Have you ever received fruitcake as a gift? When a research firm polled some 1,000 adults about what they did with fruitcake, 38 percent said they gave it away, 28 percent actually ate it, 13 percent used it as a doorstop, 9 percent scattered it for the birds, 4 percent threw it out, and 8 percent couldn’t remember.* Which category will you fall into this season?
Sun-ripened raisins, plump, juicy cherries, delicious pineapple, home-grown pecans, walnuts and almonds, a little tang of lemon and orange peel added, blended into a rich pound-cake batter and baked to a golden brown. This could be your traditional Christmas fruitcake. This moist Christmas cake is a festive favorite full of tasty bits of fruits and nuts, the ratio of which is fairly high, with just enough cake batter to hold it all together. This naturally results in a very dense, moist cake, no doubt giving rise to the “heavy” jokes. Fruitcakes range from light to dark, are made with and without alcohol and are delicately spiced.
Fruitcake dates back to the early Roman years, and you may hear jokes about them being 125 years old. I’ve been asked what the shelf life of fruitcake is. No one has come up with an exact amount of time, and each recipe is different. These cakes contain high amounts of sugar, which means that water activity will be low, keeping mold from growing and making the cake last a long time. The spices and fruit in the cake also contain antioxidants, which will help extend the shelf life of the fruitcake. The alcohol content in the cake may have only a small effect on the shelf life, as most of the alcohol is lost during the baking time, and the rest is lost over a long storage time. The recommended shelf life is usually a few months, with additional life added by storing it in the freezer. You may also want to keep it in the refrigerator for easier slicing.
Fruitcake is also an excellent choice to send in the mail. It does not spoil and is solid enough to maintain its shape and form. Now you know why your distant relatives choose to send you one each Christmas.
Most of your traditional Christmas fruitcakes are started in October allowing for the softening of dried fruits and the blending of flavors. These cakes are usually prepared with a syrup mixture, then the fruits and alcohol are added. However, many fruitcakes are non-alcoholic and much simpler to make.
Several old legends of the fruitcake have been passed on for centuries. From England it was told that a single woman could put a slice of fruitcake under her pillow to dream of the man she would marry. Crusaders carried fruitcake on their journeys because of its ability to withstand long trips and months of storage. In Egypt, the fruitcake was considered an essential food for a mummy to take into the afterlife, always being placed inside the tomb.
So, if you were lucky enough to receive a fancy fruitcake confection this holiday season, get ready to open up the tin, box or wrapper and enjoy. The fruit and fiber make it a more nutritious food than some holiday treats.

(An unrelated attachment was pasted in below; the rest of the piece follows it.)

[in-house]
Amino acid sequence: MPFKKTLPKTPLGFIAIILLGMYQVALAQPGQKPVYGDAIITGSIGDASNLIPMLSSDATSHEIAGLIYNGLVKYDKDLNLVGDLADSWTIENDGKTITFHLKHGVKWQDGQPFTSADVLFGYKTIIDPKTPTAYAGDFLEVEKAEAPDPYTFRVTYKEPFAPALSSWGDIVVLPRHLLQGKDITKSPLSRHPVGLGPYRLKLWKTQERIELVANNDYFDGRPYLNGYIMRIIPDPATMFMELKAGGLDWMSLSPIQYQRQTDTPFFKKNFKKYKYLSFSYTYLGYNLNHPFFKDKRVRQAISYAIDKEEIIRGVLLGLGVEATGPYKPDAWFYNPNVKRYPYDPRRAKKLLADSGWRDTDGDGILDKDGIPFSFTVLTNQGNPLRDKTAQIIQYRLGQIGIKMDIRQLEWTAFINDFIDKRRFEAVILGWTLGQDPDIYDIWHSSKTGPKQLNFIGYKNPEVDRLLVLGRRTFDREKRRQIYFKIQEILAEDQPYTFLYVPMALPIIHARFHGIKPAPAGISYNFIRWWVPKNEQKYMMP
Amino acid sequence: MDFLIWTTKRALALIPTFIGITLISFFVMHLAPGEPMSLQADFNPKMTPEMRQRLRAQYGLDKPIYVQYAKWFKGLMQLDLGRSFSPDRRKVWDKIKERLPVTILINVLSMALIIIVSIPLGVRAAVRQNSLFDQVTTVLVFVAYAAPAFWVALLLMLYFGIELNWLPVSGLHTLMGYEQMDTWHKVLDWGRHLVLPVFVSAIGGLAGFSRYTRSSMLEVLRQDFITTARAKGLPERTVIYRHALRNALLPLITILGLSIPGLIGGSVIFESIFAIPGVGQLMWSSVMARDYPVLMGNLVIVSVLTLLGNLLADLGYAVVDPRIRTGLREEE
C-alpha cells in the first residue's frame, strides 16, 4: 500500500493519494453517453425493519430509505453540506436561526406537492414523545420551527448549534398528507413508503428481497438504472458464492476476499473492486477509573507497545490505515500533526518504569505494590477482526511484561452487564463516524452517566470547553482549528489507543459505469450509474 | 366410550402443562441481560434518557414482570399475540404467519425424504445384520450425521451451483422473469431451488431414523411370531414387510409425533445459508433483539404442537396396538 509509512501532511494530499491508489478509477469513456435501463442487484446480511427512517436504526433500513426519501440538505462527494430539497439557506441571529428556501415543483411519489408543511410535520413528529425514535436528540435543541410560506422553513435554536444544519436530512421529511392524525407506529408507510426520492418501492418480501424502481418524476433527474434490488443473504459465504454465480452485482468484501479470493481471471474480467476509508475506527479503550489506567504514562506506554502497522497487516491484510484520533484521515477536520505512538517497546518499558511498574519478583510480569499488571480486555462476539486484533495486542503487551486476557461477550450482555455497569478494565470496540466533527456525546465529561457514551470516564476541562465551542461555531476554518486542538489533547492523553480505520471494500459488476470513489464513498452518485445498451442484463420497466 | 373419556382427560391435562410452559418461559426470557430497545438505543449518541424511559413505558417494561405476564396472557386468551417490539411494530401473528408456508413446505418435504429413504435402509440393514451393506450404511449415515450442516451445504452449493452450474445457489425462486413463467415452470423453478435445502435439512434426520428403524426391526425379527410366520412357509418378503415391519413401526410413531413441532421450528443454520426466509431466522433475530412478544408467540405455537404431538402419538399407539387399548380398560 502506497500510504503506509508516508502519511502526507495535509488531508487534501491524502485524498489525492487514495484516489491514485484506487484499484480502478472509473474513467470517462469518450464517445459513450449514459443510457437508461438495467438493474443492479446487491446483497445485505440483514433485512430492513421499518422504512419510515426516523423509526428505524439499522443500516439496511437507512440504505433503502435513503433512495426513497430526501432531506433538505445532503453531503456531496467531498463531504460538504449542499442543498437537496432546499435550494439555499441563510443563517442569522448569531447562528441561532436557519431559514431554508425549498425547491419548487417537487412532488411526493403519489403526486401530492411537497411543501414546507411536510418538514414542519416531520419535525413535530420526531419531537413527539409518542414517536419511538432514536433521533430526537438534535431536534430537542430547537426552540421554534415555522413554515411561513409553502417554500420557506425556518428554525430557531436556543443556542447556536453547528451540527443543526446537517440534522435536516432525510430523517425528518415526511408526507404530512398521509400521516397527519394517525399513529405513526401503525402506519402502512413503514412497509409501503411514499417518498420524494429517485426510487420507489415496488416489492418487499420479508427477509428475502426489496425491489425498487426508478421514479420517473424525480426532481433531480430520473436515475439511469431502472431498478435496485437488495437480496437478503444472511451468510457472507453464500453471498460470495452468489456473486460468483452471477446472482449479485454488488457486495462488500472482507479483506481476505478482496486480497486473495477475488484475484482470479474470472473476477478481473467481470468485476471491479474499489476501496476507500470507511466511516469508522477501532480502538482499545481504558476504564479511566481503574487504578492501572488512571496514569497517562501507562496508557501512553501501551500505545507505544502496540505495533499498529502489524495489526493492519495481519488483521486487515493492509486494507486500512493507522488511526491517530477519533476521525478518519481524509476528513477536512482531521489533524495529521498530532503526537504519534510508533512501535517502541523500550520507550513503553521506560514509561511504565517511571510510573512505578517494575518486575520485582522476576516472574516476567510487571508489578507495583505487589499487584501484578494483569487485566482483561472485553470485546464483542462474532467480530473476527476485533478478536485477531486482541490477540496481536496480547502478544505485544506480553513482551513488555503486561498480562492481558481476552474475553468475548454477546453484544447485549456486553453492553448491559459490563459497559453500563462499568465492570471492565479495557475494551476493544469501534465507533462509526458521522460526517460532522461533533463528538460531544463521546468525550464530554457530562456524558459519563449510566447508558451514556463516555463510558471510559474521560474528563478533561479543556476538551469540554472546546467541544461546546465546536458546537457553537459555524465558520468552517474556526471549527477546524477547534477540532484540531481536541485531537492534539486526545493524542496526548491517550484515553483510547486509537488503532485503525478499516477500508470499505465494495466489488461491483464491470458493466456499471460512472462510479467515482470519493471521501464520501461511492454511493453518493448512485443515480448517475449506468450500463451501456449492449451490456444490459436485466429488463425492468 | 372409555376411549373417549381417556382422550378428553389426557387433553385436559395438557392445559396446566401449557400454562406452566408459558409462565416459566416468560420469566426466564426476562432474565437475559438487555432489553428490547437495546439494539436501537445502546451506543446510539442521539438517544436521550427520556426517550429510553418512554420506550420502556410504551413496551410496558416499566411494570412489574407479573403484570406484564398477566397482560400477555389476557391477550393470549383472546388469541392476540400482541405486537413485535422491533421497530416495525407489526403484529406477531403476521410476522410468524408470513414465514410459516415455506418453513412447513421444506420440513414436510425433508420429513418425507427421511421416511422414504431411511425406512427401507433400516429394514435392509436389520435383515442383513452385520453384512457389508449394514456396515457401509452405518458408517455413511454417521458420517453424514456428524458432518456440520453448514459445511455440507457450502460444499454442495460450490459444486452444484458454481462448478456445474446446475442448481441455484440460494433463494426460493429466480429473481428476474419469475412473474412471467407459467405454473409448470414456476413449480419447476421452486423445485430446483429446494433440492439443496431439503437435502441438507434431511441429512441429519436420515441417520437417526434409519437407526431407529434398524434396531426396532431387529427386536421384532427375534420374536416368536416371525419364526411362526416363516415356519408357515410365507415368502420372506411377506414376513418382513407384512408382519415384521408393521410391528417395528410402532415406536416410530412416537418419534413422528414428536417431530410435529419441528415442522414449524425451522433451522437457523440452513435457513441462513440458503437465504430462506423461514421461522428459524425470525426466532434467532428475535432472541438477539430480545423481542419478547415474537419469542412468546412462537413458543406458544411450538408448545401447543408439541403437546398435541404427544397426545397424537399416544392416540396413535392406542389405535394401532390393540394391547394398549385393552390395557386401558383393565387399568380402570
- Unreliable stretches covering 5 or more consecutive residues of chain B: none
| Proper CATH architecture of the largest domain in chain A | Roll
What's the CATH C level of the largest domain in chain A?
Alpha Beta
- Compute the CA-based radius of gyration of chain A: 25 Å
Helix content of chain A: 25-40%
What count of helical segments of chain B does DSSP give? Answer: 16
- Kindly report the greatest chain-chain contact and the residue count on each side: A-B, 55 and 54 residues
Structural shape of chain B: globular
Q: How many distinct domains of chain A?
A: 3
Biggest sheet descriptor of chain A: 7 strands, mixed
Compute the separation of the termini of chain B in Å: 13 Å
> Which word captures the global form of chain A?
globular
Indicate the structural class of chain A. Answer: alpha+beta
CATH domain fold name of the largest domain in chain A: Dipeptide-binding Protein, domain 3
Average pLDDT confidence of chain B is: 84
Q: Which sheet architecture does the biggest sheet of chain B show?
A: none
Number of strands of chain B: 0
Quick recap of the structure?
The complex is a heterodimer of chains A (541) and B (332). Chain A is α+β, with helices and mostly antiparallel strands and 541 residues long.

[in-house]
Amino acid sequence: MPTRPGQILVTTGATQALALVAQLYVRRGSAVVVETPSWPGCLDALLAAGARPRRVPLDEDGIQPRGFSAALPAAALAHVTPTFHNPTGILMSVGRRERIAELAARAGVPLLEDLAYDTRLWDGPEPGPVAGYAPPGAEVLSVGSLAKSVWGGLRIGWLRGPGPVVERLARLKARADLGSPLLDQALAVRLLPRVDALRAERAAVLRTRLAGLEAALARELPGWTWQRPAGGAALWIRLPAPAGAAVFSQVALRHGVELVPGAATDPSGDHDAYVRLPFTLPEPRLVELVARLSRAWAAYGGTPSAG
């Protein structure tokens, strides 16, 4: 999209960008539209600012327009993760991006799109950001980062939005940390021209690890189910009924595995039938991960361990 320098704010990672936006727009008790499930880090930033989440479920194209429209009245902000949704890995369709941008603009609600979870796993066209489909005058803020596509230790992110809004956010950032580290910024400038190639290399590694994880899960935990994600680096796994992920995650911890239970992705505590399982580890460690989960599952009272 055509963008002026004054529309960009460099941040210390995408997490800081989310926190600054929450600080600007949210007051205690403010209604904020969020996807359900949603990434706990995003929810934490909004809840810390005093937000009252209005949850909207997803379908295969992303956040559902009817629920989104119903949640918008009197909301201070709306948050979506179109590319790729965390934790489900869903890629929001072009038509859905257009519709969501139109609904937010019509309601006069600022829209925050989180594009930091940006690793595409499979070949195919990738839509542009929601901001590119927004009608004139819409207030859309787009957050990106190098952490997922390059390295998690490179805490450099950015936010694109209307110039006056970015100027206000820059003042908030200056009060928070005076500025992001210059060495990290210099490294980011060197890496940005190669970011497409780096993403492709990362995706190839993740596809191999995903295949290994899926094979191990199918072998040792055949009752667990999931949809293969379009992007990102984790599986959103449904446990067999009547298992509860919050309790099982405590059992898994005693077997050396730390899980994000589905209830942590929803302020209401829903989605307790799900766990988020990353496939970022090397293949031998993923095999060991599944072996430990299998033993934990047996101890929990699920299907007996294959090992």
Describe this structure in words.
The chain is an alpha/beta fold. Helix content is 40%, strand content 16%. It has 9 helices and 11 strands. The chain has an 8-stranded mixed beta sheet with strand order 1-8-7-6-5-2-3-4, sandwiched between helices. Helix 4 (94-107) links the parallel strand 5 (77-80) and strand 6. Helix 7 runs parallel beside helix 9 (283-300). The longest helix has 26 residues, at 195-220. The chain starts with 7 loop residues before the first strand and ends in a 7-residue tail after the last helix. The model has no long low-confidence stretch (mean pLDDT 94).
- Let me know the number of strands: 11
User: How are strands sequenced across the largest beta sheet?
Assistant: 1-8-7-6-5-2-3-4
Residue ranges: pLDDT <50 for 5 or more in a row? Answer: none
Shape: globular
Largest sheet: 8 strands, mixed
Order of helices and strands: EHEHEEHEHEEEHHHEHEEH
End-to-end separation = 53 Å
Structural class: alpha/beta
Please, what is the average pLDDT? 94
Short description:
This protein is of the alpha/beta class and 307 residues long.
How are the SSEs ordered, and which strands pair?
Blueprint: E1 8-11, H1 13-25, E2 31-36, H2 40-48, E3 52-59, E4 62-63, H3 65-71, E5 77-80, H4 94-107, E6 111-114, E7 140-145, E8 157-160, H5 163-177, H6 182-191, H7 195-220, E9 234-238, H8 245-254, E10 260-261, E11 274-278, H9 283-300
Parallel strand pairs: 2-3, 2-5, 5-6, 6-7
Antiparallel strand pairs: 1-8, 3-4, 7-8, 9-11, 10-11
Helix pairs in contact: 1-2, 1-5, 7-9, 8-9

From McCall’s Cooking School
2 cups chopped walnuts or pecans
1/2 cup maraschino cherries, quartered
2 cups light or dark raisins
1/2 cup brandy
3 1/2 cups sifted all-purpose flour
1 1/2 tsp baking powder
1 tsp nutmeg
1 1/2 cups butter or regular margarine, softened
2 cups sugar
1 tsp vanilla extract
1/2 cup brandy
In large bowl combine walnuts, cherries and raisins with 1/2 cup brandy. Allow to stand overnight at room temperature. Sift flour with baking powder and nutmeg. In a large electric mixer bowl, beat butter/margarine, sugar and vanilla at medium speed until light and fluffy. Add eggs one at a time, beating well after each addition. Beat at medium speed for 4 minutes, occasionally scraping sides of bowl. Batter will become thick and fluffy and lighter in color. At low speed, gradually beat in flour mixture until smooth. Add cherry/raisin/nut mixture to batter and mix well with wooden spoon.
Heat oven to 350 F and grease pan of your choice and flour well. Bake for 1 hour 15 minutes in bundt pan or 1 hour 10 minutes in tube pan. As an alternative, use 5-inch diameter by 2-inch- high souffle dishes and bake for about 45 minutes. Cake is done when long skewer inserted into center comes out clean. Cool pan on wire rack for 20 minutes. Use small spatula to loosen cake around inside. Invert on wire rack and cool. Soak cheesecloth in 1/2 cup brandy, stretch on large piece of heavy-duty foil, place cake in center and wrap with cheesecloth. Wrap foil tightly around cake. Store in refrigerator several days to several weeks. To serve, slice thinly and let warm to room temperature.
This article was written by Carolyn Washburn, retired Utah State University Extension professor, firstname.lastname@example.org.
*Russell Baker, The New York Times